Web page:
A dire workforce crisis is hurting people with intellectual disability and autism and their families. The most immediate and effective way to resolve this crisis is for the Commonwealth to adequately fund the ID/A provider system so the direct support professionals (DSPs) who care for people with ID/A can make a living wage.
PA’s budget is about to be announced. Are we going to step up for our vulnerable Pennsylvanians?
Long inadequate funding
For decades, funding for DSP wages has been woefully inadequate. The ID/A system is a single payer system with the only funding coming from the state and federal matching dollars. For a decade or more though, funding has fallen dangerously low and, as a result, DSPs are difficult to hire and retain. In fact, many career DSPs have left the profession for work that provides a living wage.
As we anticipate the announcement of Governor Shapiro’s next budget on February 6th, we are anxiously waiting for his administration to address the crisis by including $430 million state dollars to increase the rates for services. The individuals and families who are directly affected are desperately waiting as well.
Anne Couldridge resides in Cumberland County and is the mother of an adult son with ID/A. She says, “For many decades, people like me have fought for the same opportunities for our children that other sons and daughters have. In my opinion, it’s a value statement that last year’s state budget doesn’t even scratch the surface of what people in the ID/A community need. That means our trauma has continued because it was clear that our family — my son — is simply not a priority.
“We need DSPs who are paid appropriately for the work they do so there will be enough DSPs to support people like my son. He deserves the quality of life that only his family and skilled DSPs can provide. To accomplish this, our legislators need to prioritize funding so the people who need the most support can access it.”
How many horror stories do legislators need to hear before they fund ID/A services? Kym Lambert, a Washington County resident, has twin daughters with ID/A. One of Lambert’s daughters fell down the steps because she was left unattended when the other daughter had to leave that room to use the restroom.
Her daughters can never be left unattended, not even for a few minutes. They are not typical children who can be left alone in their room, at the bus stop, or anywhere. They cannot pull up their pants. They cannot lift a toilet seat. The Lambert family needs support just to provide basic care and safety for the daughters they love.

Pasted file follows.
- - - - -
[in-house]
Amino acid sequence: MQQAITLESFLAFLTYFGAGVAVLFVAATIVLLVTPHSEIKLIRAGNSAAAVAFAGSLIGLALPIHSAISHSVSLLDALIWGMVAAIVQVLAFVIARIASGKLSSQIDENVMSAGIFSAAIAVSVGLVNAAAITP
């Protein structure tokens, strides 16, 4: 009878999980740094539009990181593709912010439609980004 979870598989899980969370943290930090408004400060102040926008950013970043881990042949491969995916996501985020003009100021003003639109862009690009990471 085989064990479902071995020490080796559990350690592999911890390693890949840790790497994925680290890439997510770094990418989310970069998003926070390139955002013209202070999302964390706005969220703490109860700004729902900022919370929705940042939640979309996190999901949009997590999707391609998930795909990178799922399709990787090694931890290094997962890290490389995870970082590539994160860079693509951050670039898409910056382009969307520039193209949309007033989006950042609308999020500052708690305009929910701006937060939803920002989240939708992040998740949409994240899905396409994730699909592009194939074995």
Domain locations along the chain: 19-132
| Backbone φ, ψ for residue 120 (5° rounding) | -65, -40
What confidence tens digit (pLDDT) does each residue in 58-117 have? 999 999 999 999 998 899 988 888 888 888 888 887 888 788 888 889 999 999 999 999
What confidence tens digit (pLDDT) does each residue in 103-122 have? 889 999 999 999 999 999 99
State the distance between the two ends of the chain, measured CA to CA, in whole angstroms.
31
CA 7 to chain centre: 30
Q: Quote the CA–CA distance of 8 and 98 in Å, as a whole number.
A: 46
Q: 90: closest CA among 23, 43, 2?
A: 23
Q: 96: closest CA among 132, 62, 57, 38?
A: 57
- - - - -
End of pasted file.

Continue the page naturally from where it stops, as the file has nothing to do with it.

Lambert says bluntly: “This is a state funding issue pure and simple. We need DSPs to provide skilled care for people with ID/A. There is just not enough funding to pay DSPs a wage that they can live on, so there is extremely high turnover and a lot of DSPs have left to take higher-paying jobs.”
She continues, “If the situation doesn’t change and we’re left with inadequate or lower skilled support, my girls won’t be safe. They won’t have access to their community. They won’t have a sense of purpose. They’ll have one person watching them both and stuck in the living room all day.” That thought is not only heartbreaking. It’s unacceptable.
“It’s not just about money,” say Rita Quashie-Smith and Brooke Urda, DSPs with Emmaus Community of Pittsburgh. “As DSPs, we are trained and educated as trauma-informed professionals. We know how to re-direct and provide specific care for our clients so they can work through these incidents and survive, literally.”
Yet, they say, “We do not get the support or pay we earn and deserve. We provide nursing assistance, we are often our clients’ only friends and family, and our work is physically and mentally demanding. These people just want to live in their homes and be part of their community. We must find a way to support DSPs so they can afford to do this job and help create a meaningful life for all Pennsylvanians.”
Sacrificial and hard-working
DSPs deserve to be valued and appreciated. They make sacrifices. They work hard administering medications, providing daily personal care, de-escalating potentially harmful behavior, transporting, attending medical appointments, and the list goes on. They have personal relationships with the people they serve, and they are watching colleagues leave the profession because they just couldn’t afford it any longer.
As we wait to hear about the budget, we implore the Shapiro Administration and our elected officials to provide a living wage for the DSPs whose skills are desperately needed by some of Pennsylvania’s most vulnerable citizens and their families.
Marjie Stuber has worked with the ID/A provider community for almost 15 years, and currently serves on the advocacy committee of The Provider Alliance.